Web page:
Central to Eveleigh strategy

Central to Eveleigh strategy

Packed in – bad planning vs smart growth

15 June 2016, Australian Technology Park

The City hosted a public meeting to discuss the future of the NSW Government’s Central to Eveleigh precinct and the intensification of residential development at the Waterloo housing estate.

Plans for the 19ha housing estate by the government’s development arm, UrbanGrowth NSW, will substitute the existing 2,000 homes with 7,000 new homes, bringing in more than 14,000 new residents.

Panel speakers:

  • Geoff Turnbull Redwatch
  • Graham Jahn AM Director City Planning, City of Sydney
  • Lachlan McDaniel City of Sydney Aboriginal and Torres Strait Islander Advisory Panel
  • Auntie Norma Ingram City of Sydney Aboriginal and Torres Strait Islander Advisory Panel
  • Richard Weeks Waterloo Public Housing Action Group

Main image: The diagram above was produced by UrbanGrowth at the request of the community to provide an indication of how density might work.

Waterloo plans will destroy inner city

The NSW Government’s development arm, UrbanGrowth NSW, wants to intensify residential development at the Waterloo housing estate.

Its plans for the 19ha housing estate will substitute the existing 2,000 homes with 7,000 new homes. This will lead to up to 14,000 new residents increasing the density from 210 people per hectare to over 700 people.

Residential development of this density is unprecedented in Australia and rare internationally. Neighbourhoods of this density are found in parts of Hong Kong. New York and Paris have only a few.

The most comparable renewal area in Sydney is the ACI precinct near Moore Park that will have a residential density of 360 people per hectare over 13ha of land. Waterloo will have twice this density on 1.5-times the land area.

Based on what UrbanGrowth has shown in public, we expect 10 or more buildings of 30-storeys on the Waterloo estate, with others of up to 20-storeys.

Green Square comparisons

Comparisons with the Green Square town centre are misleading.

The town centre, will have the highest residential densities in the Green Square urban renewal precinct and when complete will have up to 4,000 new homes over 14ha, which means a residential density of 450 people per hectare.

The town centre will also include 123,000 square metres of office space and 12,000 square metres of retail space.

Infrastructure, transport, community facilities, parks, streets and public areas will need careful planning and design and significant investment to meet the high intensity of use and demand from this population increase.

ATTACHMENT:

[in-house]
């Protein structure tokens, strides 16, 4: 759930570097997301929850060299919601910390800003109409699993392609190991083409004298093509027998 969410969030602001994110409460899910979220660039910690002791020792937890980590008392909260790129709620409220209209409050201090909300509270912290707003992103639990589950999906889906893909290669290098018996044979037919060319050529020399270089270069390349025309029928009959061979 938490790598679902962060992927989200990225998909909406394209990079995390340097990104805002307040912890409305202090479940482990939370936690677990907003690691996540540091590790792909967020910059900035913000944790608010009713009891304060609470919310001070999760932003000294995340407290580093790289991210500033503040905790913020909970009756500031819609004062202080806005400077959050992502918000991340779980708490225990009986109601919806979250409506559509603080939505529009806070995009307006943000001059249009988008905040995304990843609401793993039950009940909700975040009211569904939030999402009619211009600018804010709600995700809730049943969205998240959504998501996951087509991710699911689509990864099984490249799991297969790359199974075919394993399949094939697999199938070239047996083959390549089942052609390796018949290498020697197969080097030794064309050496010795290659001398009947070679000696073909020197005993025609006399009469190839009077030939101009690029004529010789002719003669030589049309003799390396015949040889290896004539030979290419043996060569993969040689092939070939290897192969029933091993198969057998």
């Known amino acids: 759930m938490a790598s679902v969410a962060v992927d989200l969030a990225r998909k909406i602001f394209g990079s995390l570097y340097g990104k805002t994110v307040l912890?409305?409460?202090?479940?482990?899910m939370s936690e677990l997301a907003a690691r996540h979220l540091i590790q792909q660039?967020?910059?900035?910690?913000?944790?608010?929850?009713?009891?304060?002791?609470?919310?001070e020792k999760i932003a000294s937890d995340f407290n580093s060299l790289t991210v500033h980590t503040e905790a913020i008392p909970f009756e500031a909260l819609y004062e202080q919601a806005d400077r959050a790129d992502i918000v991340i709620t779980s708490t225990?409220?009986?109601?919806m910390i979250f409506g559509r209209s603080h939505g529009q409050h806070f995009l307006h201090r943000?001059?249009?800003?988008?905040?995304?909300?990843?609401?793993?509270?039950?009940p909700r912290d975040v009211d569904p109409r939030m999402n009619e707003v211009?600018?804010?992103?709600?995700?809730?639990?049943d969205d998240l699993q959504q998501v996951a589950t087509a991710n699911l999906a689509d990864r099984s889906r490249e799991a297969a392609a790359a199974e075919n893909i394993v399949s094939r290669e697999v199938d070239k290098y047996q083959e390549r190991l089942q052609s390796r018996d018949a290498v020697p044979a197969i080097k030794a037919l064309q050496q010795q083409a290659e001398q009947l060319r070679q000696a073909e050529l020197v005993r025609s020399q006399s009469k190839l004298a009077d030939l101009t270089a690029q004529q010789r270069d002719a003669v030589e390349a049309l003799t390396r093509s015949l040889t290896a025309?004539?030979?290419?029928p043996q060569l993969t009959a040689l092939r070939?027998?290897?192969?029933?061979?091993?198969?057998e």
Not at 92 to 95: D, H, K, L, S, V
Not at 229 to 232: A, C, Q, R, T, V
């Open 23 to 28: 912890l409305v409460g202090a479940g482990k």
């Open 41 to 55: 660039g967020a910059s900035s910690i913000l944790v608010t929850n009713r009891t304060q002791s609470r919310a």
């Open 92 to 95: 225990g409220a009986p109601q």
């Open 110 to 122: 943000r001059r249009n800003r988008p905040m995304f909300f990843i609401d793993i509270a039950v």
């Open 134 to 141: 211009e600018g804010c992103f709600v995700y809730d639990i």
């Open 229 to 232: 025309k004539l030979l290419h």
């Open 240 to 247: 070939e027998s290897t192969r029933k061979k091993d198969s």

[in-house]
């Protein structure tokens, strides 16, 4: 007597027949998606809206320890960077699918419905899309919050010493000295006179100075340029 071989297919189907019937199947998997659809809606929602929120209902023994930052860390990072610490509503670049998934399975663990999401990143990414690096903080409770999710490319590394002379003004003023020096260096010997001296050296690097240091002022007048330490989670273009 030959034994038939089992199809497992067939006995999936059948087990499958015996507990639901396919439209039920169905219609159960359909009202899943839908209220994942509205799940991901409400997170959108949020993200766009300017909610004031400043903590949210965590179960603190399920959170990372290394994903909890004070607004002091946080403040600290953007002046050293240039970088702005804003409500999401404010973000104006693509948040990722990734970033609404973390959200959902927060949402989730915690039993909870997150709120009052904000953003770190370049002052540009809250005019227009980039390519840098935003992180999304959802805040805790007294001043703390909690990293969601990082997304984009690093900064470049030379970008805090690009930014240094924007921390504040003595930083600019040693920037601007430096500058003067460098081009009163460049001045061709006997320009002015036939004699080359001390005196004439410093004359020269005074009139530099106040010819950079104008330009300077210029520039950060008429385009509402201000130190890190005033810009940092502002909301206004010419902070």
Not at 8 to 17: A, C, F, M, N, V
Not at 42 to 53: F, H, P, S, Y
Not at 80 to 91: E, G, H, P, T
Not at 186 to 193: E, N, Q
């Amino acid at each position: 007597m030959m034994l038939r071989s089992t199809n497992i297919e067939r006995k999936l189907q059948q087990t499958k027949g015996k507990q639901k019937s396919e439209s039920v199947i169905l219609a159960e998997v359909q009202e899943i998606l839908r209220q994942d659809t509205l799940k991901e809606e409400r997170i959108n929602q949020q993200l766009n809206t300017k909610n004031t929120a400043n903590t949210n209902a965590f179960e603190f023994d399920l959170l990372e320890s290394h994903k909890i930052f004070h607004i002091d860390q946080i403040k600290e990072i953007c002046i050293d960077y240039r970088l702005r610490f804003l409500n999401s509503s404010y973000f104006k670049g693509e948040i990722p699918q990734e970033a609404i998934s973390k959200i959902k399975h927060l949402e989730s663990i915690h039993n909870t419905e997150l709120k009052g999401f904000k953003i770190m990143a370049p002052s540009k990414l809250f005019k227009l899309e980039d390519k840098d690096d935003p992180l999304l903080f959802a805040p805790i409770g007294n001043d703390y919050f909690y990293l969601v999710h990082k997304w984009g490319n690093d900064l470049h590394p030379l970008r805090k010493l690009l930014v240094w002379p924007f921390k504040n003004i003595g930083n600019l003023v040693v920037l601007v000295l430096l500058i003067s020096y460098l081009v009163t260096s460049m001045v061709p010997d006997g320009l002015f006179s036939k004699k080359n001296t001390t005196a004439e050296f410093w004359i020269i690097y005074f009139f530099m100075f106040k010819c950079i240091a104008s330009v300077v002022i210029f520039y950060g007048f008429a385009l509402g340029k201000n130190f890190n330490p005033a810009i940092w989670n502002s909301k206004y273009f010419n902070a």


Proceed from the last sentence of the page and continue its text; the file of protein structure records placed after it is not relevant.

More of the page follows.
The City of Sydney is calling on the NSW Planning Minister and UrbanGrowth NSW to work with the City to reconsider the proposal. 

Intensifying residential development to this extent risks displacing the high-quality tech and startup businesses that are driving the new economy and are so important to the state and national economies.

At this density it is very difficult to get enough sunlight to parks and homes. There will probably be too much winter overshadowing in parks and surrounding residential areas, and buildings will probably fail to meet the NSW Government’s own solar access and cross ventilation standards.

This proposal would also result in the loss of all, or most, existing trees in the area and it will be impossible to maintain the increase in traffic.

Waterloo is part of the Central to Eveleigh project, which covers 500ha, 21% of the City of Sydney Local Government Area, and could be taken out of the City of Sydney’s control.

UrbanGrowth has had meetings with the City to inform us of the decisions that have been made in developing the Central to Eveleigh strategy.

The City has had no input into the planning and urban design outcomes expected in the Strategy, which have been developed independently by UrbanGrowth. These outcomes include dwelling and employment targets for the corridor and precincts, and the building heights and land use changes required to support those targets. UrbanGrowth has briefed the City on those strategic planning and urban design outcomes after they had been resolved.

Last updated: Thursday, 16 June 2016